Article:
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Where does the plastic in our oceans come from?

Our World in Data presents the data and research to make progress against the world’s largest problems.
This blog post draws on data and research discussed in our entry on Plastic Pollution.

Many thanks to Lourens Meijer for providing feedback on this article.


80% of the world’s ocean plastics enter the ocean via rivers and coastlines. The other 20% come from marine sources such as fishing nets, ropes, and fleets. To tackle plastic pollution we need to know where these plastics are coming from. Previous studies suggested that a very small number of rivers were responsible for the vast majority of ocean plastics: 60% to 90% of plastics came from only ten rivers.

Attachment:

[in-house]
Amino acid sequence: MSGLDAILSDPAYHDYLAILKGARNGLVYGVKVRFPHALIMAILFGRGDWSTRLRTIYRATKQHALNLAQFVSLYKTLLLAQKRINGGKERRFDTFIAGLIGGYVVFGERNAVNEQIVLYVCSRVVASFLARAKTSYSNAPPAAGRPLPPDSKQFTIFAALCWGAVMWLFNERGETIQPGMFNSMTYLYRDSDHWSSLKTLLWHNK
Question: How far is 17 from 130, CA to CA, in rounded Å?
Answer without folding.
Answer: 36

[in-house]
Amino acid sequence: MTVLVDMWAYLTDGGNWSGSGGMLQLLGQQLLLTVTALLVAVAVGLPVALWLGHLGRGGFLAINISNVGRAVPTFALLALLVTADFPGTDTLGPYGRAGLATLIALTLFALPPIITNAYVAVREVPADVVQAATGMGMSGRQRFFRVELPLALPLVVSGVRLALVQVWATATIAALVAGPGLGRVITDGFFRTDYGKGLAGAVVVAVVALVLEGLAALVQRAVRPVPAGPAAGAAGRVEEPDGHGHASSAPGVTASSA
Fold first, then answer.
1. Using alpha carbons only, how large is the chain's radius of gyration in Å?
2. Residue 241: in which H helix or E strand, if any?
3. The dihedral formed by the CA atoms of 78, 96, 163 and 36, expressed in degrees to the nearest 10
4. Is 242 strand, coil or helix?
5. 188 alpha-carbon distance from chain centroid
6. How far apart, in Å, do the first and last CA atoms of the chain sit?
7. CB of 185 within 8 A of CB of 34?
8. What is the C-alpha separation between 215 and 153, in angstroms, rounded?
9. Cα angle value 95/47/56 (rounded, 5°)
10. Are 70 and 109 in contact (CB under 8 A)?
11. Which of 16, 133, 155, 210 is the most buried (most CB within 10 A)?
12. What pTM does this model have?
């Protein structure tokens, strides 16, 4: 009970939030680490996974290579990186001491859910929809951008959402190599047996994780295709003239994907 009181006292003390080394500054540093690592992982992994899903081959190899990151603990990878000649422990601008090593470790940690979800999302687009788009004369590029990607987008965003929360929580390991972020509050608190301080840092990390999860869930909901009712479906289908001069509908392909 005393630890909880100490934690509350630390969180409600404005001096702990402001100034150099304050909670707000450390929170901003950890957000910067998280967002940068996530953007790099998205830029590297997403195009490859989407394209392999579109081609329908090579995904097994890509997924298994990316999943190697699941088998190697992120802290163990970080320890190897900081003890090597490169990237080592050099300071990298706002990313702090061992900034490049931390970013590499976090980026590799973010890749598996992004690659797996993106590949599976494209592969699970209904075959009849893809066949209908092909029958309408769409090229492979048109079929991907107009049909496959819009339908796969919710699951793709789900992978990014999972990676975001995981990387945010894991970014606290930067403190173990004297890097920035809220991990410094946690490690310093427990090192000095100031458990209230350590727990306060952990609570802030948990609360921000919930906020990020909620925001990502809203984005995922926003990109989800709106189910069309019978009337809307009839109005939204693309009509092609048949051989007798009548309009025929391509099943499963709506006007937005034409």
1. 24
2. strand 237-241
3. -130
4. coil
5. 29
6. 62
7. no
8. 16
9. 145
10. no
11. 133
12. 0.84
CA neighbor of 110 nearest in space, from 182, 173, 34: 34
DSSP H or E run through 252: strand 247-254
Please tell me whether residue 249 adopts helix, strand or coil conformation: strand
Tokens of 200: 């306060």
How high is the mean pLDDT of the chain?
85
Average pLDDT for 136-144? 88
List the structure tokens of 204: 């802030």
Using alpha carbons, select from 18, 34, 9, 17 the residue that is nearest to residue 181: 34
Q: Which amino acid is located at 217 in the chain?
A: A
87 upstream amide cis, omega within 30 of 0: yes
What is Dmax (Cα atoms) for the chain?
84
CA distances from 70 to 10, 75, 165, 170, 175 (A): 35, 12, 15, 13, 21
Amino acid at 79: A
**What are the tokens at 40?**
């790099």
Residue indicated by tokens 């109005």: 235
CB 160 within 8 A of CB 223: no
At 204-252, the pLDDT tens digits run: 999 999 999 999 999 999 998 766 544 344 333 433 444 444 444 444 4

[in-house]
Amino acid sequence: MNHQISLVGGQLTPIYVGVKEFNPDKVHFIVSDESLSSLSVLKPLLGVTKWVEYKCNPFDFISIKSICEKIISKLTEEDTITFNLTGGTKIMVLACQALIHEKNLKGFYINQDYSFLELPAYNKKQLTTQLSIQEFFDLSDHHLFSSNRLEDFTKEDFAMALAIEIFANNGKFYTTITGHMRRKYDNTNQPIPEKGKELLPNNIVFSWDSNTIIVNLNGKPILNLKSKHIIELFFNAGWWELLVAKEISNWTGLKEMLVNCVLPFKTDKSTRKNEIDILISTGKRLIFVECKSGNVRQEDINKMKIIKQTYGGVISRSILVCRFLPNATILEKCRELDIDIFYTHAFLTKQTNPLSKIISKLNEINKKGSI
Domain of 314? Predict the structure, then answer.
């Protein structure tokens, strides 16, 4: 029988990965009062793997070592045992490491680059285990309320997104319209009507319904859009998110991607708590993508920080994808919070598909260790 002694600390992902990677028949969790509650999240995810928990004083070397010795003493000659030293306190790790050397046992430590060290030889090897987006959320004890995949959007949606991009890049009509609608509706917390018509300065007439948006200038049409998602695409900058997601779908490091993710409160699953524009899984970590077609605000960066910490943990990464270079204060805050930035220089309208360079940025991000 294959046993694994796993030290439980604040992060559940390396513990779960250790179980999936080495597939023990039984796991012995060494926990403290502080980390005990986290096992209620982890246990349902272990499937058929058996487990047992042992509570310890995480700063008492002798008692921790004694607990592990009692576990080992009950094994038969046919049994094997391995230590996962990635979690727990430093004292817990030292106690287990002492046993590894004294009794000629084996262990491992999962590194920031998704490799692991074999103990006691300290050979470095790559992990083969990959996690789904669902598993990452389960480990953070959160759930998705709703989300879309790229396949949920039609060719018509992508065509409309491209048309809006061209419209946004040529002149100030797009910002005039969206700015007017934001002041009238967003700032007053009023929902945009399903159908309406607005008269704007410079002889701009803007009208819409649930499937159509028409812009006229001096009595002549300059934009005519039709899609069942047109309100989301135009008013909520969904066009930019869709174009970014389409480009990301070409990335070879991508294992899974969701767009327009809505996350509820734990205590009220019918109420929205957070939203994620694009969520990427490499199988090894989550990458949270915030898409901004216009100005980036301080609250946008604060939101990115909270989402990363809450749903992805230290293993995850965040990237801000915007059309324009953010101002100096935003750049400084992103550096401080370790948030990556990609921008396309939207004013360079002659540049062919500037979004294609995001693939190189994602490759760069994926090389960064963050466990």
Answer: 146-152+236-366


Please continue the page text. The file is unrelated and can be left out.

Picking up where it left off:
Higher-resolution mapping and consideration for factors such as climate, terrain, land use, and distance to the ocean suggests that many smaller rivers play a bigger role than we thought. It takes 1,600 of the biggest emitting rivers to account for 80% of plastic inputs to the ocean.

It is estimated that 81% of ocean plastics come from Asian rivers. The Philippines alone contribute around one-third of the global total. Since the number of contributing rivers is much higher than previously thought, we will need global efforts to improve waste management and plastic collection rather than targeting only a few of the largest rivers.

Most of the plastic in our oceans comes from land-based sources: by weight, 70% to 80% is plastic that is transported from land to the sea via rivers or coastlines.1 The other 20% to 30% comes from marine sources such as fishing nets, lines, ropes, and abandoned vessels.2